No, it's not okay to sell knowledge you don't really have

Sick of courses that don't actually deliver results? Well, here's how they happen.

One thing that's really been bothering me is the sheer volume of courses that aren't actually worth anything.

And I think deep down, I think the people who built the course knew they shouldn't have built a course.


They were tempted.

Yes, tempted!

Tempted by the promise of that wonderful passive income. The laptop lifestyle. Sipping margarita's by the beach or whatever the else the "dream" is.

And you know who sold them on this dream? The same people selling courses on.... how to build and sell courses (of course).

I've written previously about not trusting everything you read. Those same principles apply to what sales people tell you.

Let's go back a step

When you work in sales, there are these things called "objections" - basically, the reasons why people object to buying from you.

As a sales person, one of the first things you need to get comfortable with is overcoming objections. If you don't, you just won't get sales.

For people who teach course creators, one of the biggest objections they come across is "I don't know enough to teach."

So what do they do?

They can't just accept it. If they do, they won't make as much money.

So instead.... they tell you that its completely okay that you don't know that much.

You don't need to know everything. You don't need to be a master.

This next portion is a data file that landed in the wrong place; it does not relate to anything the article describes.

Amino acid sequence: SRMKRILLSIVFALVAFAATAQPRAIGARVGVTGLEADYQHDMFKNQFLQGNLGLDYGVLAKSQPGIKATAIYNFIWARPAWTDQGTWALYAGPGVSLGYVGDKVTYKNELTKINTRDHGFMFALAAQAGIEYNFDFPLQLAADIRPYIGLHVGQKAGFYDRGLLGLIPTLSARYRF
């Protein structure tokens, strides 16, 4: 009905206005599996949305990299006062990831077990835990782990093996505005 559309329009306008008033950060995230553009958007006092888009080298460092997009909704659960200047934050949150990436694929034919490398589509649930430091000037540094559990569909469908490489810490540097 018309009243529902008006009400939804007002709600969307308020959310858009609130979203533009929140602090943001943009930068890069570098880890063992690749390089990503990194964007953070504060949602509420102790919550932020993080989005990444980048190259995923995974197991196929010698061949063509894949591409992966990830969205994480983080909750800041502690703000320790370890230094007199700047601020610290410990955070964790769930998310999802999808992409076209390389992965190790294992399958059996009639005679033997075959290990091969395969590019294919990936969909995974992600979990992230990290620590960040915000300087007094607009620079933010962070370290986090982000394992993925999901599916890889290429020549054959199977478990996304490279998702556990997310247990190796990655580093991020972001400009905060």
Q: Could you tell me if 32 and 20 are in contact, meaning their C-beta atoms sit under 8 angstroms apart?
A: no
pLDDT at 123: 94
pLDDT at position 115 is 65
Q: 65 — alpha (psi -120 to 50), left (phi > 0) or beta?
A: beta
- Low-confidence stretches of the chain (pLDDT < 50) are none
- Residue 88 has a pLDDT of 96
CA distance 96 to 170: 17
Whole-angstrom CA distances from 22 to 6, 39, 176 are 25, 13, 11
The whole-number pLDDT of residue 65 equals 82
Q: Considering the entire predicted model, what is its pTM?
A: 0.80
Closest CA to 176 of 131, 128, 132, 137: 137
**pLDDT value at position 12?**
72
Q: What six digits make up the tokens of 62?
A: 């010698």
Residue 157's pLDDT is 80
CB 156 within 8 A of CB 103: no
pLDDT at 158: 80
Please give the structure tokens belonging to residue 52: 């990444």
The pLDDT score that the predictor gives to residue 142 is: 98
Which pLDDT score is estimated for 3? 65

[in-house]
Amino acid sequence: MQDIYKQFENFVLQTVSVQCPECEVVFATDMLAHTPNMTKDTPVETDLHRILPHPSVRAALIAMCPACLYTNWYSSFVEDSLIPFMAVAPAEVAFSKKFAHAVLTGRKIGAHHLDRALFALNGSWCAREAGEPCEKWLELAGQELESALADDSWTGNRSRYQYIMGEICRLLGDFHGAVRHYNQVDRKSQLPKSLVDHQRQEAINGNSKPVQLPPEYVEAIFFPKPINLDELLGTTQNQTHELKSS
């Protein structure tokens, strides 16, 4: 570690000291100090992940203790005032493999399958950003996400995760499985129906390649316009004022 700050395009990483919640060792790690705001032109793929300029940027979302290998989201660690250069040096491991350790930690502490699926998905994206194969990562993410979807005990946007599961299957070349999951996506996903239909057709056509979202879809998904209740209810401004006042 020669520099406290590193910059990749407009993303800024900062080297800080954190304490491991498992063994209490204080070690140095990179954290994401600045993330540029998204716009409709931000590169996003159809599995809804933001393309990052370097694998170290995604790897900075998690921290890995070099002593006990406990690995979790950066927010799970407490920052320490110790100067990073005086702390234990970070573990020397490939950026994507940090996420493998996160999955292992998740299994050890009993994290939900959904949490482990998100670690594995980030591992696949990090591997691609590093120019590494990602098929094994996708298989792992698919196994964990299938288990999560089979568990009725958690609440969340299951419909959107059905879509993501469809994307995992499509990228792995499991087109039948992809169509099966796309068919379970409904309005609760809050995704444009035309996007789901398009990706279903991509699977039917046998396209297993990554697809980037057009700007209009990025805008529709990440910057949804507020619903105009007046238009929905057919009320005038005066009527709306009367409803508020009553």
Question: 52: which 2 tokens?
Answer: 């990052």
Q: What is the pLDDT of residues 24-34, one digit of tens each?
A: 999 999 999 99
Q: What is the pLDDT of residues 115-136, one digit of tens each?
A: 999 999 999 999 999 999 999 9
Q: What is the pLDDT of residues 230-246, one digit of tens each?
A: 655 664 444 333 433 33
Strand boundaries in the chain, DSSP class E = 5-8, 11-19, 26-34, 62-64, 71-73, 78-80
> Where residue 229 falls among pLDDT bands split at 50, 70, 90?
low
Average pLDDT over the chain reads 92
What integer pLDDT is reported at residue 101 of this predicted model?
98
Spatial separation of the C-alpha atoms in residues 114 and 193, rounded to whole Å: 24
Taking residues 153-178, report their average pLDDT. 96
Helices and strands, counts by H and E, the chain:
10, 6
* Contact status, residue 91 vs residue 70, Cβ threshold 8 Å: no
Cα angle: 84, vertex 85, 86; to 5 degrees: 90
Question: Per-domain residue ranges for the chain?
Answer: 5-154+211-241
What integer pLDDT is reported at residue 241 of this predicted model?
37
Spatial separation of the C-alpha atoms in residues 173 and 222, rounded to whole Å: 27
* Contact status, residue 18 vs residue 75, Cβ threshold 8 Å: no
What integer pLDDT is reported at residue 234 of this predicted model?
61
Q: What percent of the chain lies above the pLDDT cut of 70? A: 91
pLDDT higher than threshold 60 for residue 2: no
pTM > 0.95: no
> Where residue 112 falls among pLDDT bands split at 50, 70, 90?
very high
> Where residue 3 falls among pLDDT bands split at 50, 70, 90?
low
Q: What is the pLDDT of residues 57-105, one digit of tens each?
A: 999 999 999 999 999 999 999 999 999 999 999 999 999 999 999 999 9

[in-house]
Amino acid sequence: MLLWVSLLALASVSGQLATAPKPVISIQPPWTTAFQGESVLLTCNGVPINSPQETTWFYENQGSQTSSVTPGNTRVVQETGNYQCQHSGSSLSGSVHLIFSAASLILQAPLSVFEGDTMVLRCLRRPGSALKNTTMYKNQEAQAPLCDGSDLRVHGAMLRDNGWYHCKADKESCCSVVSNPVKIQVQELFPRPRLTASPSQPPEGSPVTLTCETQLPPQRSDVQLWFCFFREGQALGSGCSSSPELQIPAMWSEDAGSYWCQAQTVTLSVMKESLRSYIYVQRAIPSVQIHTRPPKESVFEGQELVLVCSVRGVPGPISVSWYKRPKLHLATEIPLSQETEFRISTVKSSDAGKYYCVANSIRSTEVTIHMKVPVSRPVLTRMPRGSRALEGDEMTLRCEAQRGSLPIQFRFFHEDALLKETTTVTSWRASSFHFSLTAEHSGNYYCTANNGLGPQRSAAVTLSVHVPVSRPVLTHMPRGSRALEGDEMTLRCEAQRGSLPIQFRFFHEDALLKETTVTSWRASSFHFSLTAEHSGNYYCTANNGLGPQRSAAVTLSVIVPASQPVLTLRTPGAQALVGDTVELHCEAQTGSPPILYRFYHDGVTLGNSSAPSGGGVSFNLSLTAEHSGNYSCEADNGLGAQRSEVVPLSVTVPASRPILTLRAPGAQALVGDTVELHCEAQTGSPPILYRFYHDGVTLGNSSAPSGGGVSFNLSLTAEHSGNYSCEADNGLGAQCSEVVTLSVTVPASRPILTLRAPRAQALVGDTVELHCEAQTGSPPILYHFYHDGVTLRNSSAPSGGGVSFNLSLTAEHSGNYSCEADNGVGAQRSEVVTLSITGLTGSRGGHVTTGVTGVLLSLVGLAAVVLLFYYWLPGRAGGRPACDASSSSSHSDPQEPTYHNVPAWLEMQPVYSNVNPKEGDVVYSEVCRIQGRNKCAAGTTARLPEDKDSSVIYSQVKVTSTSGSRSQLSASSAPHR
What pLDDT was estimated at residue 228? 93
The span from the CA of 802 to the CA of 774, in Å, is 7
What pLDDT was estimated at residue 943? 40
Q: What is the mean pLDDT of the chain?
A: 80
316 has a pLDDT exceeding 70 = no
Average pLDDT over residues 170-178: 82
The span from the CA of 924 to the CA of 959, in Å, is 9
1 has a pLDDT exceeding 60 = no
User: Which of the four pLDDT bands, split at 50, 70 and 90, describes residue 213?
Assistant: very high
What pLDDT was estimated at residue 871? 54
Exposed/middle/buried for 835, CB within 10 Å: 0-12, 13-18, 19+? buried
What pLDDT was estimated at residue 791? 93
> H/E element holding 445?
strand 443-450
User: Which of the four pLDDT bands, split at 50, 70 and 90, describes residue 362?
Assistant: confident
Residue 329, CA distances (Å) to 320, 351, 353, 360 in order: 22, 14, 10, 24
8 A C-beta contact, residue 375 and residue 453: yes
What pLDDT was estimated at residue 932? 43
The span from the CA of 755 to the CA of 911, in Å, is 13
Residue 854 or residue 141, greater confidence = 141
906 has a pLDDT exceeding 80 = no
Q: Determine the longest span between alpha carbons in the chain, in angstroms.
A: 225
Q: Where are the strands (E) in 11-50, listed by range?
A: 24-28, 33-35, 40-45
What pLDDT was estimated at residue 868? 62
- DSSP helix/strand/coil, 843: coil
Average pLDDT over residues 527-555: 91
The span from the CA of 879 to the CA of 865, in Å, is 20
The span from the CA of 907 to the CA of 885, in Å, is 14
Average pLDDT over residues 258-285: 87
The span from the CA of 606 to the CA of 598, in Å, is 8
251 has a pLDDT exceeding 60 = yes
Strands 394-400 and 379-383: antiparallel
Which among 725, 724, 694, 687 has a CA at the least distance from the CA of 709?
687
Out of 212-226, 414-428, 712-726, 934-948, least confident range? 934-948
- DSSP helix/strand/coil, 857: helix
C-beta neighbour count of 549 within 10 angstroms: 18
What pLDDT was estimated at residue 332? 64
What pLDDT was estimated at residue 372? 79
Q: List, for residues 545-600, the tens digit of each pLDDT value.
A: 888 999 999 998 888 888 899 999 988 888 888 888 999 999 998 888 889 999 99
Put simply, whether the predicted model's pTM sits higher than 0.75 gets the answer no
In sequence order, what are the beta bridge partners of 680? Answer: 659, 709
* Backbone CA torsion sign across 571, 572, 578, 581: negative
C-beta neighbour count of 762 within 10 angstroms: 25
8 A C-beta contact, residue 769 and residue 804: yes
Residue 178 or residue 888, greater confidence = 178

You just need to know more than the people you're teaching.

Genius, right?


This is terrible advice.

See, as you start to learn more and more, you will quickly realise how little you actually know. And often, what you believed about a topic when you first started learning about it was actually completely wrong.

You often don't understand the reality of a topic. Or why a certain marketing approach works. Or how to deal with problems that come up.

That knowledge comes with time, experience, and a degree of mastery.

I've been consuming content, courses, books, videos, getting coaching (both personal/1 on 1, and group coaching), and participating in masterminds, for over a decade. I've got pretty great knowledge of design, development, marketing, and business. And I hardly know anything. I mean, I definitely know more than a bunch of people, but I know that there is a LOT that I still don't know about many of the topics I focus on.

So think about this: how effective do you think someone, who has just touched on the surface of a topic, would be at teaching that topic?

Hint: Just in case you're not sure, not very effective at all.

What happens next?

Well, you've got a course creator who can only have absolute newbies take their course, and probably doesn't have enough content to actually have anyone get a real result. How successful do you think they'll be?

You've got a bunch of newbies who have just gotten enough knowledge to learn how to Google about a topic (if they're lucky). How successful do you think they'll be?

The finally, you've got a course creator who's selling the dream of a certain lifestyle, to schmucks who are desperate to achieve something. Out of these groups, they're actually the guys who might achieve some sort of success. Of course, I really hope not because they're absolute scumbags.

Anyway, to round this out: when someone (who sells a course on how to build a course) tells you that it's okay for you not to know a lot about a topic when teaching it, ignore them. They want you to buy their course. They will profit, you will not.

Focus instead on learning more about your craft.

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